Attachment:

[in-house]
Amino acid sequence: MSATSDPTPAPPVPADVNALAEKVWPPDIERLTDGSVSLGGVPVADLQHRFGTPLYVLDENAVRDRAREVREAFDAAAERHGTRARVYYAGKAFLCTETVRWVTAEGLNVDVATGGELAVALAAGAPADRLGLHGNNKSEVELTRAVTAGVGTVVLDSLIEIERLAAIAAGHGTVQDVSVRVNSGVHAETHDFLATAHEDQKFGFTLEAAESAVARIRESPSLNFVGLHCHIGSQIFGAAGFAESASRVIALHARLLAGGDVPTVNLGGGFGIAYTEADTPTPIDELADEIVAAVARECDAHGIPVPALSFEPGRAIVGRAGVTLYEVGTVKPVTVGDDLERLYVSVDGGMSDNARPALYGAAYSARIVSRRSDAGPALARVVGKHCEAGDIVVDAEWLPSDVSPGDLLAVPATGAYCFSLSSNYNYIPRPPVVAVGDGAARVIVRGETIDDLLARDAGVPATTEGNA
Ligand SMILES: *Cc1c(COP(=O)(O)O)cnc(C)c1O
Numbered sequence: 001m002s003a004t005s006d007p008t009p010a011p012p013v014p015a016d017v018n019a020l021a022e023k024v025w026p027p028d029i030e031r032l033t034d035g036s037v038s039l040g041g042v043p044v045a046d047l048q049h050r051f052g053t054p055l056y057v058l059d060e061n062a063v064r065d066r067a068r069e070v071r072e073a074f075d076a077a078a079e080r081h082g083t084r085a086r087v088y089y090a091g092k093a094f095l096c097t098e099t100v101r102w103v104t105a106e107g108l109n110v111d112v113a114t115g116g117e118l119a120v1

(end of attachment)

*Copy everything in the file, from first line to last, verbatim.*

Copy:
[in-house]
Amino acid sequence: MSATSDPTPAPPVPADVNALAEKVWPPDIERLTDGSVSLGGVPVADLQHRFGTPLYVLDENAVRDRAREVREAFDAAAERHGTRARVYYAGKAFLCTETVRWVTAEGLNVDVATGGELAVALAAGAPADRLGLHGNNKSEVELTRAVTAGVGTVVLDSLIEIERLAAIAAGHGTVQDVSVRVNSGVHAETHDFLATAHEDQKFGFTLEAAESAVARIRESPSLNFVGLHCHIGSQIFGAAGFAESASRVIALHARLLAGGDVPTVNLGGGFGIAYTEADTPTPIDELADEIVAAVARECDAHGIPVPALSFEPGRAIVGRAGVTLYEVGTVKPVTVGDDLERLYVSVDGGMSDNARPALYGAAYSARIVSRRSDAGPALARVVGKHCEAGDIVVDAEWLPSDVSPGDLLAVPATGAYCFSLSSNYNYIPRPPVVAVGDGAARVIVRGETIDDLLARDAGVPATTEGNA
Ligand SMILES: *Cc1c(COP(=O)(O)O)cnc(C)c1O
Numbered sequence: 001m002s003a004t005s006d007p008t009p010a011p012p013v014p015a016d017v018n019a020l021a022e023k024v025w026p027p028d029i030e031r032l033t034d035g036s037v038s039l040g041g042v043p044v045a046d047l048q049h050r051f052g053t054p055l056y057v058l059d060e061n062a063v064r065d066r067a068r069e070v071r072e073a074f075d076a077a078a079e080r081h082g083t084r085a086r087v088y089y090a091g092k093a094f095l096c097t098e099t100v101r102w103v104t105a106e107g108l109n110v111d112v113a114t115g116g117e118l119a120v1